Gender identity disorder is a conflict between a person’s actual physical gender and the gender that person identifies himself or herself as. For example, a person identified as a boy may actually feel and act like a girl. The person experiences significant discomfort with the biological sex they were born. Some people feel that their body does not match who they are on the inside. Some choose to present themselves as the gender they identify with through clothing and cosmetics. Others change their physical appearance through hormones and surgery. Mental health professionals believe there are three components that make up our gender identity: our sexual orientation, behavior and mannerism preferences, and core gender identity (that gut feeling we have about the gender we identify with). In most of us, these three components and our anatomy align as male or female. For some, however, these components don’t all match up.
8. Hypomanic episode
Hypomania is a mood state in bipolar disorder. Hypomania literally means below mania, or less severe mania. Hypomania is not as debilitating as mania. The person remains able to function well in day to day activities. Psychosis does not happen in hypomania. Patients suffering from severe depression who experience hypomania as a side effect of antidepressants (for example), may prove to have a form of bipolar disorder that has previously gone unrecognized. However, drug-induced hypomania is not invariably indicative of bipolar affective disorders. The difference between uni- and bi-polar disorders is essential for analysis of switches (mood changes). Consequently, it is important for researchers and mental health professionals to distinguish drug-induced hypomania in bipolar patients from drug-induced hypomania in unipolar (non-bipolar) depressives.
9. Anxiety disorder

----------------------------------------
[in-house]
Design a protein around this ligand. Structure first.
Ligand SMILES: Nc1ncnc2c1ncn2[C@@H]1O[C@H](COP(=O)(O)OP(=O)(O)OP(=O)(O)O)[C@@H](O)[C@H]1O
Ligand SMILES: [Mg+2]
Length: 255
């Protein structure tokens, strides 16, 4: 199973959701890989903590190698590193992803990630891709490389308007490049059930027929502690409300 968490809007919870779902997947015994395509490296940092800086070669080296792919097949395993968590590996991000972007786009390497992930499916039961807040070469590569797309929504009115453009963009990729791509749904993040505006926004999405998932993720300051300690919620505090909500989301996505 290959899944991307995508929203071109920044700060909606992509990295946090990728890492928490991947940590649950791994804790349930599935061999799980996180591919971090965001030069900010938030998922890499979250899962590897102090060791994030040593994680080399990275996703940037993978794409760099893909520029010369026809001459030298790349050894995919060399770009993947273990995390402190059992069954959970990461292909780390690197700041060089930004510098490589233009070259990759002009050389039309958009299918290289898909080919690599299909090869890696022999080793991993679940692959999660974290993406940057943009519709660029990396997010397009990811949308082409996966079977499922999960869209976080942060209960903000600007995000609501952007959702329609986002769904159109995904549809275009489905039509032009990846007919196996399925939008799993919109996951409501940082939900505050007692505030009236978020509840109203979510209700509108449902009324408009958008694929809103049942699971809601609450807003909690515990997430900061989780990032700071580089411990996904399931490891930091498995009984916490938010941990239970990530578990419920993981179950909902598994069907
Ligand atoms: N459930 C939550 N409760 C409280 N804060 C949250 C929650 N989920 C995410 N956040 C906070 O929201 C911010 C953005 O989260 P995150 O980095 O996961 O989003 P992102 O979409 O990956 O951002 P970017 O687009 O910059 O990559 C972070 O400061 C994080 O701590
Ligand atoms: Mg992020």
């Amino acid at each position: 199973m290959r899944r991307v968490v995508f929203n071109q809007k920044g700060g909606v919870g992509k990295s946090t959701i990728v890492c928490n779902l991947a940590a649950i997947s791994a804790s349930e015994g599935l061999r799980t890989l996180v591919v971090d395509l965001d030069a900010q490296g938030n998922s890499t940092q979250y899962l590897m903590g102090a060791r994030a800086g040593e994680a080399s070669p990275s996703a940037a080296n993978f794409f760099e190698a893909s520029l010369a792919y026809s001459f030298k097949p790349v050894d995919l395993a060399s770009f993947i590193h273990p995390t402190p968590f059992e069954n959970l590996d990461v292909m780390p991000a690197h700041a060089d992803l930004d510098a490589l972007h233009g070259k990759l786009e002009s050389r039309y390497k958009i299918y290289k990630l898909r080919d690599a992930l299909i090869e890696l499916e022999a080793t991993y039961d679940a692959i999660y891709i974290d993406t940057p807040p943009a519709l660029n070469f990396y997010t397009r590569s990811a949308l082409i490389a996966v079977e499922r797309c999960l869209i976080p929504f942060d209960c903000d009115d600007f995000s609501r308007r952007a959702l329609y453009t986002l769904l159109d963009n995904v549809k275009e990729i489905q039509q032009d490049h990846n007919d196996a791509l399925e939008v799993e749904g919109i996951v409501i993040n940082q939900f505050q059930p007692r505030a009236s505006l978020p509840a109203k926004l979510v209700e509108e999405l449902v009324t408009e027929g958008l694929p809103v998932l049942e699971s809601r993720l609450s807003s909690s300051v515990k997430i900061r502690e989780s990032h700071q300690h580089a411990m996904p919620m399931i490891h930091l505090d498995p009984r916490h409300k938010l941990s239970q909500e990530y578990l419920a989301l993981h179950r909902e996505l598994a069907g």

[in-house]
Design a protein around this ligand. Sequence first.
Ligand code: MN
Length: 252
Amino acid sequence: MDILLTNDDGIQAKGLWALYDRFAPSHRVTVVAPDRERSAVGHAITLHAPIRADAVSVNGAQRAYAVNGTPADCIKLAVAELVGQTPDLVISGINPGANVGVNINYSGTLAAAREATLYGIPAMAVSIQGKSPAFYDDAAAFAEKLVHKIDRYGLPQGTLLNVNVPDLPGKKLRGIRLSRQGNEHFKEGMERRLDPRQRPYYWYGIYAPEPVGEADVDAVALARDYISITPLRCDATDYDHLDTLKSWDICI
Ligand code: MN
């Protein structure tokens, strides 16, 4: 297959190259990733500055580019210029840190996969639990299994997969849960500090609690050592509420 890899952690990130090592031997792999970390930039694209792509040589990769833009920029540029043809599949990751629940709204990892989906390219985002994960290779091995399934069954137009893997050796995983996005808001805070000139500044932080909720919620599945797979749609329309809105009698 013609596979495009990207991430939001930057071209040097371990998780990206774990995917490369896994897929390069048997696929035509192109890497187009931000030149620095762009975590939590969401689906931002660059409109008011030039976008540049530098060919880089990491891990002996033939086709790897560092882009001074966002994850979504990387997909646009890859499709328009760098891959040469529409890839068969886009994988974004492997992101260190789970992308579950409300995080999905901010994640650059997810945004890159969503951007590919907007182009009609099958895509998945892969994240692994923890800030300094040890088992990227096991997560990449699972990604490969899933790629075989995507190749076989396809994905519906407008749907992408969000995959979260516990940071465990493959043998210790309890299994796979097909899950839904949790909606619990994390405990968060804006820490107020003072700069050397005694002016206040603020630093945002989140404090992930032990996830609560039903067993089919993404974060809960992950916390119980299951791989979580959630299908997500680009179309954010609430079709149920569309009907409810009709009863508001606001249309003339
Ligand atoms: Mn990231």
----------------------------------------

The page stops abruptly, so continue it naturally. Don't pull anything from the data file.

Anxiety disorder is a blanket term covering several different forms of abnormal and pathological fear and anxiety. Anxiety is a natural human reaction that involves mind and body. It serves an important basic survival function: Anxiety is an alarm system that is activated whenever a person perceives danger or threat. The term anxiety covers four aspects of experiences an individual may have: mental apprehension, physical tension, physical symptoms and dissociative anxiety . Anxiety disorder is divided into generalized anxiety, phobic, and panic disorders; each has its own characteristics and symptoms and they require different treatment.
10. Conduct disorder
Conduct disorder is a very serious behavior disorder affecting children and teenagers. It’s a life interfering behavior problem that negatively impacts the child, family and community. Conduct disorder is a major public health problem because youth with conduct disorder not only inflict serious physical and psychological harm on others, but they are at greatly increased risk for incarceration, injury, depression, substance abuse, and death by homicide and suicide. The behaviors of a conduct disordered child or teenager often seriously threatens the basic wellbeing, safety and legal rights of others.